The costume makes the man

By By Nicholas Pappas

By Nicholas Pappas

When I was young, my mother was Betsy Ross. She carried around a needle and thread like a seamstress vigilante. No rip or tatter was safe.

This always helped at Halloween. If I asked to be a werewolf she could sew hairy legs onto a pair of cutoffs in minutes. She had capes for vampires, puffy shirts for pirates. I even asked to be Thing from “The Addams Family” and a week later I was wearing a giant cotton-filled hand over my head.

When I was 9 years old, my mother got sick in early October and didn’t have the strength to sew costumes for three young boys.

My brothers found the easy way out. One dressed as a ninja with black sweats and a mask. He hid in the dark, jumped into the light and poked me with aluminum foil Chinese stars. My oldest brother dressed as a bum, put a pillow over his belly and walked around with an empty bottle of Jack. It was a fitting costume as he remains a loafing vagrant to this day.

Mine wasn’t as easy. My foil robot ripped as if it were made by Kai. I tried being a pro wrestler, but my elementary school had a strict policy against walking around in tight underwear and boots.

I expected ridicule. I was going to be that kid, the one wearing a paper-plate mask of shame. It brought tears to my eyes. Most things did at the age of 9. I was a whiner. I bawled every time a mushroom got the better hand on Mario.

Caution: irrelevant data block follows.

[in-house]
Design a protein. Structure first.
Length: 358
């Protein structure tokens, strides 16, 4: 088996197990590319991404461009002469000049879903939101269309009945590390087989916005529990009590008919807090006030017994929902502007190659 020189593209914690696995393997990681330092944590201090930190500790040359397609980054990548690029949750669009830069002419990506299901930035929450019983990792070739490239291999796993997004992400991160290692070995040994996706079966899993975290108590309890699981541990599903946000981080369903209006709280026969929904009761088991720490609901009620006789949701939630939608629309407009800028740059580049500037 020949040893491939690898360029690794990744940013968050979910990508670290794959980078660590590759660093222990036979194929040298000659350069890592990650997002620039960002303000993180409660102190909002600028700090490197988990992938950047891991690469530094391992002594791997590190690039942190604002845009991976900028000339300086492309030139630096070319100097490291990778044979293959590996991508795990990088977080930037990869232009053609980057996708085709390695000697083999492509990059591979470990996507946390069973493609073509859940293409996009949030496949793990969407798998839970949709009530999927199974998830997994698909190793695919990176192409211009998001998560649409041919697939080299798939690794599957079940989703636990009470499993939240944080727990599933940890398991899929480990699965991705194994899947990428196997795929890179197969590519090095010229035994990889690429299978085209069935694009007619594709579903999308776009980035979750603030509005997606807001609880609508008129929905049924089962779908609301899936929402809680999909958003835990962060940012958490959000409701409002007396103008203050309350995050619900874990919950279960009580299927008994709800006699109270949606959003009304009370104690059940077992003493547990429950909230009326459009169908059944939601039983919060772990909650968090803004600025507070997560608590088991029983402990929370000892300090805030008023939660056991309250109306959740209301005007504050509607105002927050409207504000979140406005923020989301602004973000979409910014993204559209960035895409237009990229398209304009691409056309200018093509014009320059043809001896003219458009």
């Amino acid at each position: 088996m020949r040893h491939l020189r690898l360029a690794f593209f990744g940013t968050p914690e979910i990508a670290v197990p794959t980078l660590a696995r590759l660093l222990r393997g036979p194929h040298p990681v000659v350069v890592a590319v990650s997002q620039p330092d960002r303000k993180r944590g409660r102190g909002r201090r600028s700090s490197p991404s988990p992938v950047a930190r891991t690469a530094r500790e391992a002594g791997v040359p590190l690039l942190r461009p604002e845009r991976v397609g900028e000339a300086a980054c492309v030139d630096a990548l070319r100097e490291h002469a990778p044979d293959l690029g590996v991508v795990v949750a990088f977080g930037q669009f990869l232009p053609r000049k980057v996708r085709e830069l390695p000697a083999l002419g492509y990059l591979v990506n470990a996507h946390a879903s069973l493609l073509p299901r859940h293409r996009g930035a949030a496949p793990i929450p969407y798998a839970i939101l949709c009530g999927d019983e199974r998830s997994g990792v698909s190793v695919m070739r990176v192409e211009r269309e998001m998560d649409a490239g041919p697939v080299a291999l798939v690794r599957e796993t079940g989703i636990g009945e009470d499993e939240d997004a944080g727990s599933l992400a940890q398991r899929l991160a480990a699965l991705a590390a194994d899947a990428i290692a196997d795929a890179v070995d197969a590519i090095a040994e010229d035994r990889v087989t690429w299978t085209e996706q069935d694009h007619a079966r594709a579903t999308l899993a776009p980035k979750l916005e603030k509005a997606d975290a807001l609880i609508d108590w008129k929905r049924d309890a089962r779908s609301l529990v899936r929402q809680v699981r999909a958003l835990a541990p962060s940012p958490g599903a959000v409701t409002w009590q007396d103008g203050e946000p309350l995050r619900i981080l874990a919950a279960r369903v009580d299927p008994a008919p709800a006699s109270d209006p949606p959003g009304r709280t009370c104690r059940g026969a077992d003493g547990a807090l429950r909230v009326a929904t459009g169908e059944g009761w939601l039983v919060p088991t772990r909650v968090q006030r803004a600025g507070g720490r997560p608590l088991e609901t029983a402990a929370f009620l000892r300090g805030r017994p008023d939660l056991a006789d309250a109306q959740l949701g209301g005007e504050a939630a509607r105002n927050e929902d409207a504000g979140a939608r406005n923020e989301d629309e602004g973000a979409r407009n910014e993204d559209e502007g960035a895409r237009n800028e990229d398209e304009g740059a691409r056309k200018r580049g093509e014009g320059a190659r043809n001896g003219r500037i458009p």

My father hated whiners. In his usual silent way, he shushed me and said he would take care of everything. He grabbed a pair of gloves and locked himself in the garage. I listened at the door. Was that a power saw? I think I heard welding. There was a good chance I would walk in the Halloween parade as the family car. I expected the worst.

He emerged with a grin and safety goggles. It was his masterpiece.

I was a haunted house.

My father — the carpenter, the roofer — did what he knew how to do. He took a box and made it into a house. There was a walkout porch with a miniature swing. He’d planted a graveyard in the back. The front was a large “Amityville Horror” circular window so I could see. The sides had shutters for my arms to come out like two long ghosts.

I appreciated the roof. It was shingled. I had the most waterproof costume on earth.

I don’t think I’ve seen another kid dress as a haunted house to this day. I’m not sure anyone has. As my house walked from house to house, I was greeted with laughter and extra candy.

There isn’t a better holiday than Halloween. One day a year you get to be something you’re not — a wizard, a werewolf, or a walking bungalow.

In a world ruled by Internet commerce, finding the perfect disguise has become too easy. Googling has made us lazy. College girls can simply type in “slutty costume” and provide their credit card number.

They’re missing the best part. The best part of Halloween is last-minute panic or long-term planning. It’s putting a costume together with spare parts, like MacGyver, or turning off the TV and taking some time to craft one yourself.

My father proved anyone can make a costume. For every 10 store-bought pirates, I always appreciate a good “three-hole punch Jim.” Give it a try. You might find that there is more to you than a lazy consumer.

What a scary thought.

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